When the EU created the Renewable Energy Directive (RED), they set targets and policies, both long and short term, to drastically reduce the volume of greenhouse gas emissions. The targets and policies became binding on all EU countries that were signatory to the directive. The obvious fact that some of these countries had already set individual targets on curbing fossil fuel use and its residual effects was no deterrent.
As a union of countries willing to work together for a common goal, it would be expected that there should be cooperation whether in varying degrees or forms, to meet set targets. These have been made available in the Renewable Energy Directive under Cooperative Mechanisms as a way of ensuring that there is cooperation on various levels. Especially when concerned with countries that can’t meet their set targets because of one overarching developmental or environmental factor, while others meet and exceed their targets with little hindrance from said factors.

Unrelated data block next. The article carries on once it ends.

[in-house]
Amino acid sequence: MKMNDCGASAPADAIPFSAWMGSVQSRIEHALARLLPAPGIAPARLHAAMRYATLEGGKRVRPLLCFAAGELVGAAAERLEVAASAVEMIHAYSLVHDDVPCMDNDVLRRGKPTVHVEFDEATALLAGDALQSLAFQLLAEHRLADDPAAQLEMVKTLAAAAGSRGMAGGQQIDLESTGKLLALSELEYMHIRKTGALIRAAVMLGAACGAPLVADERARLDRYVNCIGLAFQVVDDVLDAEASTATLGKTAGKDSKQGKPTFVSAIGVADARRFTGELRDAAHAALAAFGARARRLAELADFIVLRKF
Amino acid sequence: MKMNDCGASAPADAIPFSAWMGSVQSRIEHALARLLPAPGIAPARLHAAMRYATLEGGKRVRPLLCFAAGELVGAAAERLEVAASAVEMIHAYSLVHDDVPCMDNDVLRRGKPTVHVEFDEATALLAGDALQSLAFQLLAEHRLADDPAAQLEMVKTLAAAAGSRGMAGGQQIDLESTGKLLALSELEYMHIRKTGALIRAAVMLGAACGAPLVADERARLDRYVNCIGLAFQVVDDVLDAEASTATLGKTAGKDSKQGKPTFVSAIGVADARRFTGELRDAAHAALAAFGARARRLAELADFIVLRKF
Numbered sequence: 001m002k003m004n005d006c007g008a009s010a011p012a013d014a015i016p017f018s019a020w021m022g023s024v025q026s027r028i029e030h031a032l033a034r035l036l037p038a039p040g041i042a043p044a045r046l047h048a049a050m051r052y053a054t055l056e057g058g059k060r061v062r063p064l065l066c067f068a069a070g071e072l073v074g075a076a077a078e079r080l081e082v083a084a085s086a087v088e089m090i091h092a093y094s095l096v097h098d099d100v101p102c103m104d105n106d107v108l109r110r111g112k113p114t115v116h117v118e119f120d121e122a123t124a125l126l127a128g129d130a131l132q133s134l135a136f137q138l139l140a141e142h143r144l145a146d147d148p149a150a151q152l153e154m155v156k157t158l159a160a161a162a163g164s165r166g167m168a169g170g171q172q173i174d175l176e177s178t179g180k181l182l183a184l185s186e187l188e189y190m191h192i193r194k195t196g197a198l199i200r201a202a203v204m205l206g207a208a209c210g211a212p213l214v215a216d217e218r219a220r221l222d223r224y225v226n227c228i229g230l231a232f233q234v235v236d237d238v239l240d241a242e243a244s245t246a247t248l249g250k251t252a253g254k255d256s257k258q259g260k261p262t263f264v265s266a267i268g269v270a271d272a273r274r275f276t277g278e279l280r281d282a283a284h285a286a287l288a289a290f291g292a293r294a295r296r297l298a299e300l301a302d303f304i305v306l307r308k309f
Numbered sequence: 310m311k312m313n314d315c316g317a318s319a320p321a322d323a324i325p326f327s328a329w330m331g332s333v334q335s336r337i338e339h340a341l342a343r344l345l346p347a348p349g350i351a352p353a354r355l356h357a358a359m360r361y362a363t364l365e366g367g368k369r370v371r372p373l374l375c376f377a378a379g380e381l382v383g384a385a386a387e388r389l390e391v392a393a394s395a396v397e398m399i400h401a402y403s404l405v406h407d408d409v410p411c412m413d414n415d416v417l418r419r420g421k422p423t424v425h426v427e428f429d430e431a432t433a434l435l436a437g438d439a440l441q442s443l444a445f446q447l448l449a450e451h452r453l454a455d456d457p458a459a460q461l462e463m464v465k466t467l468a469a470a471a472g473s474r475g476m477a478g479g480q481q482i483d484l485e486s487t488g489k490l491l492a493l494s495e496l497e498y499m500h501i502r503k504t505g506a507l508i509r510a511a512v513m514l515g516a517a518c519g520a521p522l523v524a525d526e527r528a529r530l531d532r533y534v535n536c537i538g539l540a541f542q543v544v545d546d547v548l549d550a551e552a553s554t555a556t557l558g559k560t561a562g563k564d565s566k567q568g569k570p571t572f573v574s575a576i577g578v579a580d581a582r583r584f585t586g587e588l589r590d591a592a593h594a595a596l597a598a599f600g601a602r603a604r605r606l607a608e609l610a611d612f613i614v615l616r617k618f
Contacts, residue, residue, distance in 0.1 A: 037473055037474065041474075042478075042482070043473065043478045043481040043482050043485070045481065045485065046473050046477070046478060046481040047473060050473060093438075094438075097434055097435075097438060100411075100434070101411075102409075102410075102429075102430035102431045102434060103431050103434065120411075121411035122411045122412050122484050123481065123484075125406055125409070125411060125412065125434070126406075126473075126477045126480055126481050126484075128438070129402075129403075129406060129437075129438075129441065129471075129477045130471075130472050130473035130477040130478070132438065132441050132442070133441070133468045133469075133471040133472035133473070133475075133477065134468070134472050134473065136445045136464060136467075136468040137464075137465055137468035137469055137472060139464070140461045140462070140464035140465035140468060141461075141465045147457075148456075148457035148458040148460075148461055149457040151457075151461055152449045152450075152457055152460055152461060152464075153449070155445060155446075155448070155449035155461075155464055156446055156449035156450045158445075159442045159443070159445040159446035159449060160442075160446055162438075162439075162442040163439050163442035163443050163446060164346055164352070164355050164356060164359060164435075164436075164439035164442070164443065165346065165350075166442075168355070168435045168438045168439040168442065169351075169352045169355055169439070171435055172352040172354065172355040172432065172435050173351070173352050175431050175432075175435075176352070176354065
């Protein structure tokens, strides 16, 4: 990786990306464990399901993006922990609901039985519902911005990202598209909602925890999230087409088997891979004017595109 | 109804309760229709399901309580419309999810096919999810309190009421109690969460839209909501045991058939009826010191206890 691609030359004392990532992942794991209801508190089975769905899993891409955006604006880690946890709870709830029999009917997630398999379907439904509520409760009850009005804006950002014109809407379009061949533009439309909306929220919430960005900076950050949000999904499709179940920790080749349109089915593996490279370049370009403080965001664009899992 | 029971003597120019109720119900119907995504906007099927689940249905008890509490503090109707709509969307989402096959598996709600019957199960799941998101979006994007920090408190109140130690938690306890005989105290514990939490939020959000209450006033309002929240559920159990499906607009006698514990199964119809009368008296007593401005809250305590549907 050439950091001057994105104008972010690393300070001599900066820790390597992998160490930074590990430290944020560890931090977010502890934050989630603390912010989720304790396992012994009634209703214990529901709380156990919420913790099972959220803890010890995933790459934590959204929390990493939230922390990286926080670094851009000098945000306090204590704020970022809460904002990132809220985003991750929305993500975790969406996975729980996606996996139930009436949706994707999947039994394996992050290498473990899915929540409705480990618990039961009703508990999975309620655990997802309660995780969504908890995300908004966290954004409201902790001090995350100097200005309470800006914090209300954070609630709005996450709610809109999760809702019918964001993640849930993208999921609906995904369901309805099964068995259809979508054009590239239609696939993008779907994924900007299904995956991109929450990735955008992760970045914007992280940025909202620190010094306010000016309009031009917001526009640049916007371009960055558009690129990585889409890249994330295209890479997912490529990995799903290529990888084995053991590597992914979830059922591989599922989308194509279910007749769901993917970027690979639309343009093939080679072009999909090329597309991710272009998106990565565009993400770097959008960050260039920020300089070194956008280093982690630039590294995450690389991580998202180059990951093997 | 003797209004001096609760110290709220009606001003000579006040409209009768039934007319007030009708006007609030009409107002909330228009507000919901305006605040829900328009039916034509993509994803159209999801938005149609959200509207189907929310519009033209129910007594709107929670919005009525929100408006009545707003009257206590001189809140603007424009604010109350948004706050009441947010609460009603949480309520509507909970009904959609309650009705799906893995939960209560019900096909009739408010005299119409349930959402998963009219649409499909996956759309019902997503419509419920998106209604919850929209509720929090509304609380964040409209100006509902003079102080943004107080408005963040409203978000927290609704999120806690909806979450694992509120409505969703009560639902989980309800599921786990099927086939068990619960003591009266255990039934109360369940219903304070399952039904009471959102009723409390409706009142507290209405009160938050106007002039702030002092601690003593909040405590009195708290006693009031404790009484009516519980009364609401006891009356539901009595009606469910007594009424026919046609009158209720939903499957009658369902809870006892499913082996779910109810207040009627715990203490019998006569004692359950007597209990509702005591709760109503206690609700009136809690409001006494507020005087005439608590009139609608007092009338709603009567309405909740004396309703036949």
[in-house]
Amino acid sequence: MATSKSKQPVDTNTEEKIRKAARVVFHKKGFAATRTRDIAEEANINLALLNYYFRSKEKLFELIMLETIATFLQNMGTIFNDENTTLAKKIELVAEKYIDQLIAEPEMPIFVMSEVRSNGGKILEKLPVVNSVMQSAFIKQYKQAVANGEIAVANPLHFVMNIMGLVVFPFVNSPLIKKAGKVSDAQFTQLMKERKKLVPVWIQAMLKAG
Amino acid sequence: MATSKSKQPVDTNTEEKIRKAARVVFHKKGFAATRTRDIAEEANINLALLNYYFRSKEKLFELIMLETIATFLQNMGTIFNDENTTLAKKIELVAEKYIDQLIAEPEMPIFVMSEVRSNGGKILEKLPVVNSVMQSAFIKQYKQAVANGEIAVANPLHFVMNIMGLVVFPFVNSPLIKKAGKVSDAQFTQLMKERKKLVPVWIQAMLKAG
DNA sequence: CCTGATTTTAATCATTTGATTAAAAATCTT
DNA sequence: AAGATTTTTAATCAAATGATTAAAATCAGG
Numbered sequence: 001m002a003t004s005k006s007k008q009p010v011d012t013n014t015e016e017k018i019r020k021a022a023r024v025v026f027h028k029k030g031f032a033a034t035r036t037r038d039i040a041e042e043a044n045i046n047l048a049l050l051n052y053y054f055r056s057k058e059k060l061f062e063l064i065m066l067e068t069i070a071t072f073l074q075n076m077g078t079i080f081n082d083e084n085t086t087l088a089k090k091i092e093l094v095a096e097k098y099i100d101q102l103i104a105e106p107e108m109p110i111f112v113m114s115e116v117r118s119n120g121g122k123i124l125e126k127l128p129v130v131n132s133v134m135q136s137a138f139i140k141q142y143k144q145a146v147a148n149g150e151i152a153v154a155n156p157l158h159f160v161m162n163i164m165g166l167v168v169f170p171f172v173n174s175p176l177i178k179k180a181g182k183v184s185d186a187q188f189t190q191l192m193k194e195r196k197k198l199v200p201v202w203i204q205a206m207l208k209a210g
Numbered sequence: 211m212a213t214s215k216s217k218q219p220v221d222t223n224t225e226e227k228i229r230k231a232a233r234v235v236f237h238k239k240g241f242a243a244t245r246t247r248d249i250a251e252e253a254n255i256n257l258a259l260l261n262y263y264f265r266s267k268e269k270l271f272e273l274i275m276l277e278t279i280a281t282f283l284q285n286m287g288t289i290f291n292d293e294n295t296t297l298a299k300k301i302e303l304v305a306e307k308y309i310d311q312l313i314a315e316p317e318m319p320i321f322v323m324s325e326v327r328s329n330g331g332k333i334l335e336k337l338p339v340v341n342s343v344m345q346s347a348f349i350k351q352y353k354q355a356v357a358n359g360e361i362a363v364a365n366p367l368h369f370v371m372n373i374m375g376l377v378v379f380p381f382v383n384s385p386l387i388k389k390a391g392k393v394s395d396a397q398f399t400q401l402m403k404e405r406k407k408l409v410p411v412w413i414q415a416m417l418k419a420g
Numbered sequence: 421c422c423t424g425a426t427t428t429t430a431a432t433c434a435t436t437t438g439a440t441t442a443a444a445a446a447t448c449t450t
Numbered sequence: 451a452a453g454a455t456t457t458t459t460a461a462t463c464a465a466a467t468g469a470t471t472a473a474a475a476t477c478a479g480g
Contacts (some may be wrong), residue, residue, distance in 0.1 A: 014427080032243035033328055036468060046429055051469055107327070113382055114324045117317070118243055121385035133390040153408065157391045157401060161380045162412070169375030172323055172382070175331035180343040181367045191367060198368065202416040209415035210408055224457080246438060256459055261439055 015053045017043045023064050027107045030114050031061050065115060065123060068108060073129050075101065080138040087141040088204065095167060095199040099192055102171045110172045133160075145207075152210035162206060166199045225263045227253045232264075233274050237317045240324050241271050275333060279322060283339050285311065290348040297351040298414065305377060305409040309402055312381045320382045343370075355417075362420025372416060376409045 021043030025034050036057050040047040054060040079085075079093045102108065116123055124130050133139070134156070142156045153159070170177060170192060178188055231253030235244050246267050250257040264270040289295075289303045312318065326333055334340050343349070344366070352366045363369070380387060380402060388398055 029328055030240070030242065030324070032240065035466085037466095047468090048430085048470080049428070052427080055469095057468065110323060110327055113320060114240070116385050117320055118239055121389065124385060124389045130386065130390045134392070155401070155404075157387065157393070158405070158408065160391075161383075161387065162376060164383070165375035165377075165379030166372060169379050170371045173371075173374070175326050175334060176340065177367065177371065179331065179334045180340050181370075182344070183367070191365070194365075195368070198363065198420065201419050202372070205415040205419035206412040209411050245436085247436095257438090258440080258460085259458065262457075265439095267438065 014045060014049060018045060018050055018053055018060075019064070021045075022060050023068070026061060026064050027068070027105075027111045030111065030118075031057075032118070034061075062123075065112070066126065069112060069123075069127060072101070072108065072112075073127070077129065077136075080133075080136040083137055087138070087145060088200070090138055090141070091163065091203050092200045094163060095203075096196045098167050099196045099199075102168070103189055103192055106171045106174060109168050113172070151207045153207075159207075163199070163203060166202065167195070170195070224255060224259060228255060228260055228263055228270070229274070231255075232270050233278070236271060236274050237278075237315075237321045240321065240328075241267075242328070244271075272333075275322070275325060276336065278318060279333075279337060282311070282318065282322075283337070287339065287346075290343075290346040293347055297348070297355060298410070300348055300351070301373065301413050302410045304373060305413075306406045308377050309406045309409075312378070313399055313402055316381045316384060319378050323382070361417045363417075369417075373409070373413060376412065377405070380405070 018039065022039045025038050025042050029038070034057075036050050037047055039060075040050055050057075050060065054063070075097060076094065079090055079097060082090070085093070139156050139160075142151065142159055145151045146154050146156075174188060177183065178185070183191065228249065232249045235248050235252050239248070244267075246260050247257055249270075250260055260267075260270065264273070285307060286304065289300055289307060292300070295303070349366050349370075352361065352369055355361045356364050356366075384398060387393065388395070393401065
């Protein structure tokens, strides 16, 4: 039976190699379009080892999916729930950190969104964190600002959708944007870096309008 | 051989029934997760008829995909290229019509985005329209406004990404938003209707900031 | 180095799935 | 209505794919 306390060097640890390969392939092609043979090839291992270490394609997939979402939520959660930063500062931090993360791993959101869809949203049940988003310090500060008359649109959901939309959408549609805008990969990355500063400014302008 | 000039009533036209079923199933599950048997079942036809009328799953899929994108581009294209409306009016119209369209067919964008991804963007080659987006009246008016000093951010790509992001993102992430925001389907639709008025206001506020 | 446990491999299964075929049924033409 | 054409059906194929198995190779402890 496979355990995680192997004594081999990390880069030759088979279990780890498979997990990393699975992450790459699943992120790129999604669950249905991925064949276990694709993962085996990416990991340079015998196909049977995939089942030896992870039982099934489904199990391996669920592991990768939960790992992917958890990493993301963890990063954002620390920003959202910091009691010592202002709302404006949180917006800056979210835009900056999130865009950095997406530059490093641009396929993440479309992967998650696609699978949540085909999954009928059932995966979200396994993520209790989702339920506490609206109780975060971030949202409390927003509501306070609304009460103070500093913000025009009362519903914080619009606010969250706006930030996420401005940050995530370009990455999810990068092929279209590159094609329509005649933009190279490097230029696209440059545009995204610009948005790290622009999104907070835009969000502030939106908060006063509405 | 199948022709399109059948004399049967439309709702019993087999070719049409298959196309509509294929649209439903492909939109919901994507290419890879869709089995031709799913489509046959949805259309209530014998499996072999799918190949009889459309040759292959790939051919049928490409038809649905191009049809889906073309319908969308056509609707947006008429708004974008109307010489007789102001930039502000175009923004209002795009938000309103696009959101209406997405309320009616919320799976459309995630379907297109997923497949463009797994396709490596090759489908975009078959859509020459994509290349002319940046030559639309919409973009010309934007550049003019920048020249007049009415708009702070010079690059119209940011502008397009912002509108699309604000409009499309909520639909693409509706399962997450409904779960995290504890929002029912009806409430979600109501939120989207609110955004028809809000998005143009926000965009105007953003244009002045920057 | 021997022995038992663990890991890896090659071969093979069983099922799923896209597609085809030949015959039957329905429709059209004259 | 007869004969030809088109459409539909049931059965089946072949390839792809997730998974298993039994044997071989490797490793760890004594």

For example, a landlocked country will not be able to create as much hydroelectric power for consumption as one that has several instrumental water sources at its disposal. In the same way, a country that doesn’t get as much sunlight for solar energy production as much as one that does, due to weather variations, will have to rely on the greater producer or another means of creating clean energy to meet its targets and boost the overall cooperative advantage of the EU.
This doesn’t mean any EU country is lacking in every area where they can find renewable energy sources (RES); on the contrary, all EU countries have a host of renewable energy sources at their disposal.
The Cooperation Mechanisms enumerated under the Renewable Energy Directive are:
- Statistical transfers
- Joint projects
- Joint support schemes
As explained previously, not all EU countries have equal RES. However, under article six of the Renewable Energy Directive, countries are encouraged to cooperate and help boost the renewable energy statistics of low-performing countries to meet individual targets jointly. This should only be down if they have reached their specified targets before the required timeframe.